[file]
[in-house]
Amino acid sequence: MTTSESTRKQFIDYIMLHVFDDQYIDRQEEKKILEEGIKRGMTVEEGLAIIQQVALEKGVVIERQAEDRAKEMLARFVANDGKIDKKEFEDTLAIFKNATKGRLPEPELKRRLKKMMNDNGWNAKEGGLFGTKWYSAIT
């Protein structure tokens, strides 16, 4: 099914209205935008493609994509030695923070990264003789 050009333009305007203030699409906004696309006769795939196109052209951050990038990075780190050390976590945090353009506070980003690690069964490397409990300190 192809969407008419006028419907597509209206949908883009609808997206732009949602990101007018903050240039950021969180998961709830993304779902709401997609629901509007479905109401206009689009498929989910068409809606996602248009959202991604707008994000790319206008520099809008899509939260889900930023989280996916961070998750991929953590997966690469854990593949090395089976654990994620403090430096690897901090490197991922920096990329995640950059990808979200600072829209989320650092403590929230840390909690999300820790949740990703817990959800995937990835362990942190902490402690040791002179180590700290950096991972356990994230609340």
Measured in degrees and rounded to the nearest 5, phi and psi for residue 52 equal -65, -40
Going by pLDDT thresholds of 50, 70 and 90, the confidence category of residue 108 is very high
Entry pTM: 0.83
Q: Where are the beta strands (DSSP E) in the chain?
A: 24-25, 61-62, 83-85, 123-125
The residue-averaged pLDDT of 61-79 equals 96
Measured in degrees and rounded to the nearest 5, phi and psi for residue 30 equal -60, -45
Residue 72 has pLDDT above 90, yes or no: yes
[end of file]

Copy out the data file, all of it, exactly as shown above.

[in-house]
Amino acid sequence: MTTSESTRKQFIDYIMLHVFDDQYIDRQEEKKILEEGIKRGMTVEEGLAIIQQVALEKGVVIERQAEDRAKEMLARFVANDGKIDKKEFEDTLAIFKNATKGRLPEPELKRRLKKMMNDNGWNAKEGGLFGTKWYSAIT
């Protein structure tokens, strides 16, 4: 099914209205935008493609994509030695923070990264003789 050009333009305007203030699409906004696309006769795939196109052209951050990038990075780190050390976590945090353009506070980003690690069964490397409990300190 192809969407008419006028419907597509209206949908883009609808997206732009949602990101007018903050240039950021969180998961709830993304779902709401997609629901509007479905109401206009689009498929989910068409809606996602248009959202991604707008994000790319206008520099809008899509939260889900930023989280996916961070998750991929953590997966690469854990593949090395089976654990994620403090430096690897901090490197991922920096990329995640950059990808979200600072829209989320650092403590929230840390909690999300820790949740990703817990959800995937990835362990942190902490402690040791002179180590700290950096991972356990994230609340």
Measured in degrees and rounded to the nearest 5, phi and psi for residue 52 equal -65, -40
Going by pLDDT thresholds of 50, 70 and 90, the confidence category of residue 108 is very high
Entry pTM: 0.83
Q: Where are the beta strands (DSSP E) in the chain?
A: 24-25, 61-62, 83-85, 123-125
The residue-averaged pLDDT of 61-79 equals 96
Measured in degrees and rounded to the nearest 5, phi and psi for residue 30 equal -60, -45
Residue 72 has pLDDT above 90, yes or no: yes